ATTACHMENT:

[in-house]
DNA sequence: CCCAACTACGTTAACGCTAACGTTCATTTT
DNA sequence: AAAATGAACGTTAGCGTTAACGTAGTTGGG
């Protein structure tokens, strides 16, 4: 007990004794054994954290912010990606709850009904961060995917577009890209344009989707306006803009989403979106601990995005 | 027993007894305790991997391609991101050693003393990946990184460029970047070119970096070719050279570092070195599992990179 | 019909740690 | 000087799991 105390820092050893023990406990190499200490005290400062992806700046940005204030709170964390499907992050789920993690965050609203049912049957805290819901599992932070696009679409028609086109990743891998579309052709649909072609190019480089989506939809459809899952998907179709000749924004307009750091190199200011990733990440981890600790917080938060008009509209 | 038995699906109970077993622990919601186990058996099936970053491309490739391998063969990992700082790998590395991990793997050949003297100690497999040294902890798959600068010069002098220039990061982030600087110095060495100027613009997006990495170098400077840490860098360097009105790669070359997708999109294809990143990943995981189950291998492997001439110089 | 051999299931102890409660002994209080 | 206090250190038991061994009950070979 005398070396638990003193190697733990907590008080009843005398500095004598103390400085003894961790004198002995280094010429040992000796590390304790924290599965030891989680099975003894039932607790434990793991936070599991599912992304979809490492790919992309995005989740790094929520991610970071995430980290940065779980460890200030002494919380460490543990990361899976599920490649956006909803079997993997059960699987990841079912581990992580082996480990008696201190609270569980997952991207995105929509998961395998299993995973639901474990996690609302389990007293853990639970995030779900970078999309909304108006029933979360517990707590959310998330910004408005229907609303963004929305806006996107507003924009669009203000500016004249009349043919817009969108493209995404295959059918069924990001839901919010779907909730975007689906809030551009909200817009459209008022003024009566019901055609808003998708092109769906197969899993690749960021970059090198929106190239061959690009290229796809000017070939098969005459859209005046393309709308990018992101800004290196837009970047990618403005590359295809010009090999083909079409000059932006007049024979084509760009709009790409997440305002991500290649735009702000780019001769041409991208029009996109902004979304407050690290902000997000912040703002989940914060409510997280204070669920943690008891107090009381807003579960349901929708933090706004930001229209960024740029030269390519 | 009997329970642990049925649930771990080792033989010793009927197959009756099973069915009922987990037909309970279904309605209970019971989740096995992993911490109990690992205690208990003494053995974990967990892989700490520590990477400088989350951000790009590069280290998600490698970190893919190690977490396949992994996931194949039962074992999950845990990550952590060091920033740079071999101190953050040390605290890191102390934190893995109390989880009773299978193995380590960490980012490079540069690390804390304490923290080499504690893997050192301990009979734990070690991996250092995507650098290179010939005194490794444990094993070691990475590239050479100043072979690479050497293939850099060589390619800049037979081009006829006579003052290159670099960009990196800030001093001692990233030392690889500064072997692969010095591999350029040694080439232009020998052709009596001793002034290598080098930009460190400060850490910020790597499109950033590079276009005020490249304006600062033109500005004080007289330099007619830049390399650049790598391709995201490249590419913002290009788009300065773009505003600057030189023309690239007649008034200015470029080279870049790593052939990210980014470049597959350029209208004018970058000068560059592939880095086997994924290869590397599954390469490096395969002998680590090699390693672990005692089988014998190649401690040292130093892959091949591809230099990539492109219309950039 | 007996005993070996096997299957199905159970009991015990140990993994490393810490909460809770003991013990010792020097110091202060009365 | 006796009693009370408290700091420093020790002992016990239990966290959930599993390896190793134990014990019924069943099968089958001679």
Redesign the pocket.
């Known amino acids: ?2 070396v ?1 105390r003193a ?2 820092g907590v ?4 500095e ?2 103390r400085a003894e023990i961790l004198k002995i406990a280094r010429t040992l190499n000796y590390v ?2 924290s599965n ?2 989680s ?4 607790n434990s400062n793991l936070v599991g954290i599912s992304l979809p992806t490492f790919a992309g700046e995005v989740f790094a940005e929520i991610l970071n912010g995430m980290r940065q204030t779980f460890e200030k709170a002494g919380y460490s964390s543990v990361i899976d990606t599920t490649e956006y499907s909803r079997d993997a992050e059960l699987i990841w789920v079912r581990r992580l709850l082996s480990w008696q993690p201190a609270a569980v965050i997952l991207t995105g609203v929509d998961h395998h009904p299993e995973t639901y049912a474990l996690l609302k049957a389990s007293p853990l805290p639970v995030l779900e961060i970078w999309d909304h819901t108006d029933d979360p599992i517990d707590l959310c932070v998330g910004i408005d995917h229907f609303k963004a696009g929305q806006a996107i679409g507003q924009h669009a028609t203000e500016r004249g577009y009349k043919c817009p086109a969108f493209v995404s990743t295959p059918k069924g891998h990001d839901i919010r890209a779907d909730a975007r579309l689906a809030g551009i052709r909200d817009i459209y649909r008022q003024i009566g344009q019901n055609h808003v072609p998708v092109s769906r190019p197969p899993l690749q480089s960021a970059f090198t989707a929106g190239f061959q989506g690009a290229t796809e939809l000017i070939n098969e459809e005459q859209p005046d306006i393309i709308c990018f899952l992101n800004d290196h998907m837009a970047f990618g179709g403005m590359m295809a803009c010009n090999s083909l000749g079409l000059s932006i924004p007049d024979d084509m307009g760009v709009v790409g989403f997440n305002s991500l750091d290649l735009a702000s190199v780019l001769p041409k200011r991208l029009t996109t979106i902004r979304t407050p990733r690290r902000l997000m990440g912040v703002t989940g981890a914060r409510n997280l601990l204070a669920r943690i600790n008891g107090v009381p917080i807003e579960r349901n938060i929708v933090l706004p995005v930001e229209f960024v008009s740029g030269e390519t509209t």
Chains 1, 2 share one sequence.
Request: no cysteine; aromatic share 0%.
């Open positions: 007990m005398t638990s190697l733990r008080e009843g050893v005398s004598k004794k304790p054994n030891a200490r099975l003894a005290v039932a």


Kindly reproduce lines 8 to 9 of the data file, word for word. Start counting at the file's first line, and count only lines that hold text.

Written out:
Request: no cysteine; aromatic share 0%.
């Open positions: 007990m005398t638990s190697l733990r008080e009843g050893v005398s004598k004794k304790p054994n030891a200490r099975l003894a005290v039932a």